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Tell Me Something I Don't Know

Author: Boing Boing

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Tell Me Something I Don't Know is an interview podcast featuring artists, writers, filmmakers, and other creative guests discussing their work, ideas, and the reality/business side of how they do what they do. https://twitter.com/tmsidks
30 Episodes
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Tom Scioli is co-writing, drawing, coloring, and lettering the monthly comic book series, Transformers vs. G.I.Joe. His other comics include Godland, American Barbarian, Final Frontier, and Myth of 8-Opus. Ed Piskor is the author/artist of the Hip Hop Family Tree – a weekly comic strip on Boing Boing and an ongoing book series that chronicles the history of hip hop in comics form. He is also the creator of Wizzywig. They share a studio in Pittsburgh. We visited their studio to talk about what it’s like being professional comic book artists, selling their work, nostalgia, research, color theory, anger management, and "skewmorphism!"
Tell Me Something I Don't Know is Boing Boing's podcast featuring artists, writers, filmmakers, and other creative people discussing their work, ideas, and the practical side of how they do what they do. The animation project Giant Sloth, starring Paul Giamatti, could be described as Night at the Museum meets Eraserhead. In this episode, we discuss the making of this animated short with its creator, Paul Hornschemeier. He tells us how the cast came together, what the transition from comics to filmmaking and television is like, and how social media has helped him draw more. He's currently raising funds to complete Giant Sloth. Paul Hornschemeier is a cartoonist, writer, artist, designer, animator, and filmmaker. His thought-provoking books include Mother, Come Home, Three Paradoxes, Life with Mr. Dangerous, and Artists Authors Thinkers Directors. He animated the opening credits for IFC's Comedy Bang Bang. Keep up with Hornschemeier online at Forlorn Funnies. He posts a new drawing every day on the Daily Forlorn tumblr.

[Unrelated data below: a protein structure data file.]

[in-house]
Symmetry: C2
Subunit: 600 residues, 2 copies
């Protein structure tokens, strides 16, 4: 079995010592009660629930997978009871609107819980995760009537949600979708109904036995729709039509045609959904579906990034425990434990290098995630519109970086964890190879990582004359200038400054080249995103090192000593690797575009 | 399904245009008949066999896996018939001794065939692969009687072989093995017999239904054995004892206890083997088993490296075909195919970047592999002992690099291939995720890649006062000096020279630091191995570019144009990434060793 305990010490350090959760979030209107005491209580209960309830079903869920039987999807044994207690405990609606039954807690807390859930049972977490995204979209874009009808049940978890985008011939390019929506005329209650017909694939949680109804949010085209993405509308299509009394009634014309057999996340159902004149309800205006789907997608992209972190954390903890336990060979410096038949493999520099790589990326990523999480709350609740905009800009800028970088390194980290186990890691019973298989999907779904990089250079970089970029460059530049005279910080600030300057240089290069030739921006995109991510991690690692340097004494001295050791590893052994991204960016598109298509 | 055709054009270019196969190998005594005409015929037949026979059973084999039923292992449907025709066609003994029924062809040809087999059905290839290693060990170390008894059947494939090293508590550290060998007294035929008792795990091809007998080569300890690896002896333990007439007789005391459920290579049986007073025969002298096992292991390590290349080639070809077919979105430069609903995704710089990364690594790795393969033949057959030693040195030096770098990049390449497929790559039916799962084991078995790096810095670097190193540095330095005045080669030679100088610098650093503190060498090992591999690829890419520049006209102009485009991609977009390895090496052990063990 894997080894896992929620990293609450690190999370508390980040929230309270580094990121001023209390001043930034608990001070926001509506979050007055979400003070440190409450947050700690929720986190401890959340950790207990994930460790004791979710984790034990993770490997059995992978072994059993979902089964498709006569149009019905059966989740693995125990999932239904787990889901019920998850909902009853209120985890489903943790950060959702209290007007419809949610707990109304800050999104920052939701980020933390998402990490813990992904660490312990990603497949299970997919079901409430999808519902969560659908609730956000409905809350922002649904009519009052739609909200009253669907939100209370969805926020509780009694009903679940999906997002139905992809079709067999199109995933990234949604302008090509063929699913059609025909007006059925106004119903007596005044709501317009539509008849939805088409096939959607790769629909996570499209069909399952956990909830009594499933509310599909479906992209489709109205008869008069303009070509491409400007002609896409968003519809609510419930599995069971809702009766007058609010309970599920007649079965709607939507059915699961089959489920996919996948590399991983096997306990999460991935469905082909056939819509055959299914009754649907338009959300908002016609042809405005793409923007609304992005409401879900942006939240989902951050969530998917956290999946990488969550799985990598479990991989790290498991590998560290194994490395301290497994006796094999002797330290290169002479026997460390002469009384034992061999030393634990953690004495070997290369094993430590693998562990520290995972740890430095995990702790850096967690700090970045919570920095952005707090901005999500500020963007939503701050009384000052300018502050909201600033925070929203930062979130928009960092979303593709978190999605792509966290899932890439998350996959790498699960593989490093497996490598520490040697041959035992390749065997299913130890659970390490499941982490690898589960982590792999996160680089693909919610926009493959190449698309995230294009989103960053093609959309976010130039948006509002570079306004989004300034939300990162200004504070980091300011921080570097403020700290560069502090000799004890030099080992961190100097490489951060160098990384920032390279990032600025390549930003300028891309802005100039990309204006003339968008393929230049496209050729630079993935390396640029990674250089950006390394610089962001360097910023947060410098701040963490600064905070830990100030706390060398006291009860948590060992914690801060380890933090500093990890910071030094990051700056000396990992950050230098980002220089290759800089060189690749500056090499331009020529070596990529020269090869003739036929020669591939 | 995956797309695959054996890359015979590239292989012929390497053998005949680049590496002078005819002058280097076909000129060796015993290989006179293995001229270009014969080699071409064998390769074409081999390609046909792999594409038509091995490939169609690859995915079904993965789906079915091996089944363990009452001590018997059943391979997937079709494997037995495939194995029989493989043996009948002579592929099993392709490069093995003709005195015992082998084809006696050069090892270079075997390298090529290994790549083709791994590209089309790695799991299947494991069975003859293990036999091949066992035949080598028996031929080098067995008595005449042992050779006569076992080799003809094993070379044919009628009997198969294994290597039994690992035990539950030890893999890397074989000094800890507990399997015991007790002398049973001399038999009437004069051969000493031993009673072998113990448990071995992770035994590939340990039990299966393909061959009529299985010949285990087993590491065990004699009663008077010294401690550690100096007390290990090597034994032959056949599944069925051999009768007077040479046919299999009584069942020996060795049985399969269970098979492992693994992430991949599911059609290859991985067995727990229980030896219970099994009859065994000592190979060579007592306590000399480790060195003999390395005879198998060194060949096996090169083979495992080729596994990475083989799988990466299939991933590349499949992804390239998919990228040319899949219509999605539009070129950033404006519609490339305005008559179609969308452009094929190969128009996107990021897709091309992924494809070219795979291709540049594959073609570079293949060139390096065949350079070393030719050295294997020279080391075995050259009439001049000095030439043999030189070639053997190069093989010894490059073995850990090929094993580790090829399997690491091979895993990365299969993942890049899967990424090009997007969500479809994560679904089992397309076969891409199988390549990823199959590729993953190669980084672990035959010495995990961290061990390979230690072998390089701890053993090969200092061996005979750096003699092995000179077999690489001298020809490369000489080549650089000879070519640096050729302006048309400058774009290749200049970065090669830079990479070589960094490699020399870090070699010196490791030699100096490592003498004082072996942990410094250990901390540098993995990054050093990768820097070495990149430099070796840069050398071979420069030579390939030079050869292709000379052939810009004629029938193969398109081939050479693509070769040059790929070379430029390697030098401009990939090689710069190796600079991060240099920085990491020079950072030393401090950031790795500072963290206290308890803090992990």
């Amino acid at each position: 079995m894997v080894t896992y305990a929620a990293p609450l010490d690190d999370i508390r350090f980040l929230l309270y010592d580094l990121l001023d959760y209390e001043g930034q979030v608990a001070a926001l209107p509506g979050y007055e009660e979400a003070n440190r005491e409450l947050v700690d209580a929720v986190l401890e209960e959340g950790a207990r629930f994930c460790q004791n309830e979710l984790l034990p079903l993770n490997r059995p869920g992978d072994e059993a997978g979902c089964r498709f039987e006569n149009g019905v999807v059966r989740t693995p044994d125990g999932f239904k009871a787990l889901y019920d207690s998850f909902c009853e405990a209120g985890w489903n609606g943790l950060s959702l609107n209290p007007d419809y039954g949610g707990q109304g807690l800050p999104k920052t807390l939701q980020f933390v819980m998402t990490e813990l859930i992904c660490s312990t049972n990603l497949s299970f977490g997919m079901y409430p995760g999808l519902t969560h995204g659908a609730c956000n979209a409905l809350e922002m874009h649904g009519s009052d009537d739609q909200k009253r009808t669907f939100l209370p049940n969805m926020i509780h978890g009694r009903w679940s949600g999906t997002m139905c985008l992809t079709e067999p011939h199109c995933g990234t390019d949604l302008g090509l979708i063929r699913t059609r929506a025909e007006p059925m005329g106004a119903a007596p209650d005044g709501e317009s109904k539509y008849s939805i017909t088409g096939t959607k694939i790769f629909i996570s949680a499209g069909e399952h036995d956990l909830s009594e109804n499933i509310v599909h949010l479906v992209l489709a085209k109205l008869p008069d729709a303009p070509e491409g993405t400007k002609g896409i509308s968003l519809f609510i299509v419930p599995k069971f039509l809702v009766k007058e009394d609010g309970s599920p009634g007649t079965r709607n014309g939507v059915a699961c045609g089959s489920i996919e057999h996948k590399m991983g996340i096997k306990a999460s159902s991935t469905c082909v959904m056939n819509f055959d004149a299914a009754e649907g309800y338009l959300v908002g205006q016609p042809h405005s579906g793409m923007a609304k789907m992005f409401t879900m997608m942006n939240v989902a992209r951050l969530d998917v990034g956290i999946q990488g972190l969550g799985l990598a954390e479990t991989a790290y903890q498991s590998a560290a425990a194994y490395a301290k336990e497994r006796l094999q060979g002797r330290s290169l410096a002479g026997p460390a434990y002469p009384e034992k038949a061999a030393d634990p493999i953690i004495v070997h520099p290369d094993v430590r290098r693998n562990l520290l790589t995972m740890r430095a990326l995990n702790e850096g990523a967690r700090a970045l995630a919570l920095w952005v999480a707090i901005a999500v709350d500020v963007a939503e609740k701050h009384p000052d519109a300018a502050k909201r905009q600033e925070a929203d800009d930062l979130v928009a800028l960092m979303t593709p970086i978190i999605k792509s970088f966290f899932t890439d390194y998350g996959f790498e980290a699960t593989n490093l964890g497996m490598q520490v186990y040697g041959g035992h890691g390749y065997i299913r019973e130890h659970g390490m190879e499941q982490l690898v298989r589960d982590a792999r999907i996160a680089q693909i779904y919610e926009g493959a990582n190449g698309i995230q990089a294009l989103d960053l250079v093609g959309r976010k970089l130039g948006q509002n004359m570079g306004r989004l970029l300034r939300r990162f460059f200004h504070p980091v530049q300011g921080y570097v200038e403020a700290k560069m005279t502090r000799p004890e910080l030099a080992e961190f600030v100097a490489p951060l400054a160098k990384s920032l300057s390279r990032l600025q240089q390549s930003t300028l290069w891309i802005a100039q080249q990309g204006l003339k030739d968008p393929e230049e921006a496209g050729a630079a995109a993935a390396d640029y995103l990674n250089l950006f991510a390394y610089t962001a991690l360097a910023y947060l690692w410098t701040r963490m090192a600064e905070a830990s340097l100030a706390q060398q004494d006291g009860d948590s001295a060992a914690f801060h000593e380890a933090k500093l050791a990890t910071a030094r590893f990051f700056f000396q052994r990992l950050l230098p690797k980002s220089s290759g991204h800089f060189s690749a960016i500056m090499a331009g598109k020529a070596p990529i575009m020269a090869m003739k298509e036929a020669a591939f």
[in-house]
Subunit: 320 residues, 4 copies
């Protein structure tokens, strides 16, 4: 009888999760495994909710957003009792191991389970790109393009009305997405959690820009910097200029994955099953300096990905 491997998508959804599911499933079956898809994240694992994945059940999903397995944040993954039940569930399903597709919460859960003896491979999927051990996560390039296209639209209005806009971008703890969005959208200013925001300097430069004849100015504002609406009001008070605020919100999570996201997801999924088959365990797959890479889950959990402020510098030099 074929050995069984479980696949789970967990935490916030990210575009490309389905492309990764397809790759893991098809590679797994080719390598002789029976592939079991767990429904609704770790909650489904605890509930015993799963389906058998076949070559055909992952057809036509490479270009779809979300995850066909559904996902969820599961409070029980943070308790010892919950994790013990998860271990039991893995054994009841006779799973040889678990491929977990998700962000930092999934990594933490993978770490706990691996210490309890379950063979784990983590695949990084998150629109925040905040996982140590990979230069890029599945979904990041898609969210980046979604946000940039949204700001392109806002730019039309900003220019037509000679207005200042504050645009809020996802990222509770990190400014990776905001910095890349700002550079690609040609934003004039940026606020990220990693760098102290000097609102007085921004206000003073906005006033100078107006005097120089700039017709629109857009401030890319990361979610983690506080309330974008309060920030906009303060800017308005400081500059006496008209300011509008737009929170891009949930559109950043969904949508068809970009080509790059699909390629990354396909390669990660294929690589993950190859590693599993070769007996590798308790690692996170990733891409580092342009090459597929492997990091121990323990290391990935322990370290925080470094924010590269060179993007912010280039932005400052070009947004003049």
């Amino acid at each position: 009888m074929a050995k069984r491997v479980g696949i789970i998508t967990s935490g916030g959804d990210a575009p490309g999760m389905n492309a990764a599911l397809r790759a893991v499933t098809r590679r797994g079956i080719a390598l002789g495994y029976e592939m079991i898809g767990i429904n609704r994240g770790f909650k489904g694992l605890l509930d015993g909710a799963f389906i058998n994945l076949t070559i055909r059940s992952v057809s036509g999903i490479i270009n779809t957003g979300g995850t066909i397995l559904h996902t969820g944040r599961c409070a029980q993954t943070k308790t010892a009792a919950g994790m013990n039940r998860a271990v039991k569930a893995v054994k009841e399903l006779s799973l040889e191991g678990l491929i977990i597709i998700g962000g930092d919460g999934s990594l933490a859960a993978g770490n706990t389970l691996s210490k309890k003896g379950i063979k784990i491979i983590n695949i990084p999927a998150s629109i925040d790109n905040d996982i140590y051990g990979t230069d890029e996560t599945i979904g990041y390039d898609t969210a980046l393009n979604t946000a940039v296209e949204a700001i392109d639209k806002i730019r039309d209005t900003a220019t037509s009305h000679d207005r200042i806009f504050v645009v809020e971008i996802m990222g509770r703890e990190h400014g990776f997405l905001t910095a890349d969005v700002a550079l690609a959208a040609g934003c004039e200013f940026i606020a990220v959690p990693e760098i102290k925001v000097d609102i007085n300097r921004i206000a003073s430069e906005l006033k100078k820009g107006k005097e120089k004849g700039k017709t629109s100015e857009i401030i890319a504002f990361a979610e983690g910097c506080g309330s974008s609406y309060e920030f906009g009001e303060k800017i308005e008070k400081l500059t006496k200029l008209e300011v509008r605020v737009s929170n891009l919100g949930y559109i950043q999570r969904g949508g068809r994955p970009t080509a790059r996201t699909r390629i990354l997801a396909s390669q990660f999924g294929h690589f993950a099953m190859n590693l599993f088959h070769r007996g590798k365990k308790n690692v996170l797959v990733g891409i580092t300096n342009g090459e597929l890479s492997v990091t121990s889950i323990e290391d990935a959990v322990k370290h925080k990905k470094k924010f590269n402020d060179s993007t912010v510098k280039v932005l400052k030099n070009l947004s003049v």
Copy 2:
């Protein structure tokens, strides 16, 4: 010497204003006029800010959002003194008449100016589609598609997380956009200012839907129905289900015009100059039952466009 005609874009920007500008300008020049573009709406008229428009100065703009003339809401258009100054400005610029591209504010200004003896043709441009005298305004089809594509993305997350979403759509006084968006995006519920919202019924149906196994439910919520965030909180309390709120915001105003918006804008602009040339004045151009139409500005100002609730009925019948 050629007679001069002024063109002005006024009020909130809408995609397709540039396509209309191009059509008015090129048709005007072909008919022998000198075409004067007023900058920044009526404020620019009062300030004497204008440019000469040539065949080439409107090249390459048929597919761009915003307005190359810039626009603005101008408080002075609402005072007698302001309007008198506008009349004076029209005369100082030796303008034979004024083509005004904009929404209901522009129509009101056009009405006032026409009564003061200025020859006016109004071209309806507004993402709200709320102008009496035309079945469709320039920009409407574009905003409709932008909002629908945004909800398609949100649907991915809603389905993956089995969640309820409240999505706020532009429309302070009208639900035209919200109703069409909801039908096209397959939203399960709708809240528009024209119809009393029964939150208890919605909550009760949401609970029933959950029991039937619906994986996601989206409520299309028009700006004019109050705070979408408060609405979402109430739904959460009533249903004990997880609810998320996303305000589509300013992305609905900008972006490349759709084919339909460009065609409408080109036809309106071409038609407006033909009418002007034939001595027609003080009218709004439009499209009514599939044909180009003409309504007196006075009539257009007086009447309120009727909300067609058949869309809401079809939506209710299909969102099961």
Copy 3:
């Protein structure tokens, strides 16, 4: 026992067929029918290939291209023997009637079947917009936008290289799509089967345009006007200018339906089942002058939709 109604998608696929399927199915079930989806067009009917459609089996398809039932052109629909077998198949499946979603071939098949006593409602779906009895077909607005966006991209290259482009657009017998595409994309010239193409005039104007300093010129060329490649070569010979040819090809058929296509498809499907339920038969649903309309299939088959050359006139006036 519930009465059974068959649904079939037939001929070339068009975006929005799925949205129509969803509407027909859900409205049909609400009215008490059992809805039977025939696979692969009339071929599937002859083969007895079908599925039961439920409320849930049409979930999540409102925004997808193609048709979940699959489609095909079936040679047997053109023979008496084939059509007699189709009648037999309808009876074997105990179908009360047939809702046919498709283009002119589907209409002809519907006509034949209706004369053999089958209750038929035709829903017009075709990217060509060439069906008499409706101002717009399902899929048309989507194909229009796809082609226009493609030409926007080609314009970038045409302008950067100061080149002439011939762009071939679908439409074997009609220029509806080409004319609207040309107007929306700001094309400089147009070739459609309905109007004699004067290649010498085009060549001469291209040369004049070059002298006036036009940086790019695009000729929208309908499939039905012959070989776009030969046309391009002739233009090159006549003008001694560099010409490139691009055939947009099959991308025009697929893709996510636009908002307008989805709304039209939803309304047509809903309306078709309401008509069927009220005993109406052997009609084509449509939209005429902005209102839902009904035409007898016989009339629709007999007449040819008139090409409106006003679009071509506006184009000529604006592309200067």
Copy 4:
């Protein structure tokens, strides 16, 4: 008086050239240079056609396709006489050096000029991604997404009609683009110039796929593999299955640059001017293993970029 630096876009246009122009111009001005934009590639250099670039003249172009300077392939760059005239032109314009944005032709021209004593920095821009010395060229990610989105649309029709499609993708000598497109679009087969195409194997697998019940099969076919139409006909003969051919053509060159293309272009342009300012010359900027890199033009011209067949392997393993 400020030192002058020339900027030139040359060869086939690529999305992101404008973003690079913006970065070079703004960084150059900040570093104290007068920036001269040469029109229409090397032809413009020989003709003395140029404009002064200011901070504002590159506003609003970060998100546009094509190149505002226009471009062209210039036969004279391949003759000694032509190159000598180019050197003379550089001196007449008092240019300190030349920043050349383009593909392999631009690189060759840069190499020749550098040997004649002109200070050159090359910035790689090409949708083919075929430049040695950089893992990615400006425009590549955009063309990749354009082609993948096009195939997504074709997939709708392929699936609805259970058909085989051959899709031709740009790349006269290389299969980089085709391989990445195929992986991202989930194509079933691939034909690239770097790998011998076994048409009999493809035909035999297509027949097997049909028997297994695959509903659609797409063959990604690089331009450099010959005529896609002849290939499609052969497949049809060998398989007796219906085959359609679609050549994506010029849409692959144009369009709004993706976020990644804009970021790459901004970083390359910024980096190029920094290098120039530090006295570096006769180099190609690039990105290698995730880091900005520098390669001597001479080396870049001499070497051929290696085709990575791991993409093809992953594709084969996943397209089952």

Vanessa German is a "http://pavelzoubok.com/node//1687”>multidisciplinary artist and poet. She has done TEDx talks at MIT, Harvard, and Pittsburgh. She lives in Homewood, a Pittsburgh neighborhood that The Rachel Maddow Show called, "One of America’s Most Violent Neighborhoods." In response to that violence, German began inviting children to make art with her on her front porch. This club quickly outgrew her front porch and she found an empty house and dubbed it ARThouse. You can donate to her project here. ARThouse is important. We need it because it provides a safe, creative environment for children and neighbors to come together, to experience the power and energy of their creative minds. It is doubly, tripley, quadruply important because all of this good happens in a neighborhood that most people don't hear about unless something violent and tragic has occurred. It is important because the children in this neighborhood demanded it. Insisted upon having a space that they could walk to, to be safe, to be creative, to have fun, to discover and express themselves.
Nicole Georges is a cartoonist, writer, zinemaker, teacher, aerobics instructor (?), and pet portraitist. When she was a child, Georges’ mother and family told her that her father died when she was a baby. When she was 21, a palm reader told her that her biological dad was still alive. She called conservative talk show host Dr. Laura for some advice. She chronicles what happened next in her graphic memoir, Calling Dr. Laura. Based in Portland, Georges has been making comics and zines including “Invincible Summer” for over a decade. She also teaches at the Independent Publishing Resource Center, which provides access to tools and resources for creating independently published media and artwork. Georges tells us about teaching Riot Grrl history and zinemaking to teenagers, and finding value and self-empowerment through self-expression. When we talked to Georges, she was in the middle of a 9-month fellowship at the Center for Cartoon Studies in White River Junction, VT.